Room 237 is an odd duck of a documentary. There are many movies about the “making of” movies – Lost in La Mancha and George Hickenlooper’s Heart Of Darkness doc come to mind – yet Room 237 is the first movie I’ve seen that is entirely about the aftermath of a film.
The film in question is Stanley Kubrick’s 1980 masterpiece The Shining. For those of you unfamiliar with this quasi-landmark of horror movies I’ll spare you the plot and just simply suggest you go to a place where movies are sold immediately – it’s the kind of daunting, creepy film that will stay with you well after you watch it. Obviously. Actually, The Shining should be required viewing. It’s about a guy and his family in a hotel. Just go and see it already.
Having the movie stick with you, though, is precisely what happened to the five people interviewed in this documentary. Each of them have their own ideas about just what the film means to not just themselves, but to Kubrick and society as a whole. To one, it clearly explains that Kubrick was involved in faking the moon landing footage. To another, it’s about genocide committed by European settlers on the Native Americans. To another still, the movie has to be (bear with me) played with a projection of the movie played over it in reverse to make key scenes sync up. To him, that is the only way the movie can be seen.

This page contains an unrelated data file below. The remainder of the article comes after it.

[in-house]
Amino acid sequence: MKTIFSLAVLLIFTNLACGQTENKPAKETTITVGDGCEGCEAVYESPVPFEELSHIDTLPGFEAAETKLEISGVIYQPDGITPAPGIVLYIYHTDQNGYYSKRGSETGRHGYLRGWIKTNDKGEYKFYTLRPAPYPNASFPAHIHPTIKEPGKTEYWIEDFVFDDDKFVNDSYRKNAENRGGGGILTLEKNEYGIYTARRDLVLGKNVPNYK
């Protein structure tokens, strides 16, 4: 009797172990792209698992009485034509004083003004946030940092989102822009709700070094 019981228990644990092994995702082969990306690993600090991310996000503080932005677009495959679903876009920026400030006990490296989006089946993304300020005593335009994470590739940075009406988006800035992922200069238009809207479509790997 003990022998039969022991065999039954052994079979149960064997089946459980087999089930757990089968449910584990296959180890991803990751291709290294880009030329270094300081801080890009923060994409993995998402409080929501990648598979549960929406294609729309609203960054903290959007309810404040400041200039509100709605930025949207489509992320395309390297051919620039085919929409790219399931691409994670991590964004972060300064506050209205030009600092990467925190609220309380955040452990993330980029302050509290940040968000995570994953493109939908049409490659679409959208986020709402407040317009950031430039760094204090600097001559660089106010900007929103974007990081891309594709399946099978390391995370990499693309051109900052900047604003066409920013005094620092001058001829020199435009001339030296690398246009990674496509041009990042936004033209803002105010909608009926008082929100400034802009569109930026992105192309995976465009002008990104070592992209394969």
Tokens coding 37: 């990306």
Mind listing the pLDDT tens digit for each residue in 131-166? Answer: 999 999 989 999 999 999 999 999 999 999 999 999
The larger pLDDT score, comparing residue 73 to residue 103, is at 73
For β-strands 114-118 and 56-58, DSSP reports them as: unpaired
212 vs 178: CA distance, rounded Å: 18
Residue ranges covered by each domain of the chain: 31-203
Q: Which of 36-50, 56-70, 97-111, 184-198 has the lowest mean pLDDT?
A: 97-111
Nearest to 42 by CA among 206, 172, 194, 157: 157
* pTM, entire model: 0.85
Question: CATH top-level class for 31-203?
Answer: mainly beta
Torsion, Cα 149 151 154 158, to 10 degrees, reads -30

Some of the ideas are downright laughable at first, but once director Rodney Ascher sheds light onto them they become entirely plausible. For example, the idea of The Shining being a giant allegory for Kubrick’s involvement in the faking of the moon landing had the screening I attended laughing out loud. Until, of course, you see young Danny (the child and, some would say, prophet of the movie) wearing – without explanation – an Apollo 11 sweater in vital scenes. And Jack Nicholson’s brief monologue in the movie about his wife “not knowing what a contract is” makes more sense when taken into that context.
While Room 237 may be a hit amongst movie critics, and, if we’re being honest, myself (I love this sort of thing), this isn’t a date movie. Nor one for the masses. Room 237 could be taken as a conspiracy theorist’s wet dream – if you’re not a fan of the “Aha! Maybe this really means this!” mentality, this is most certainly not for you.
Room 237 is a very niche movie but a very good movie within it’s own genre, one which it may occupy solely for a little while… at least until my “Point Break: Illuminati Conspiracy?” documentary gets funding.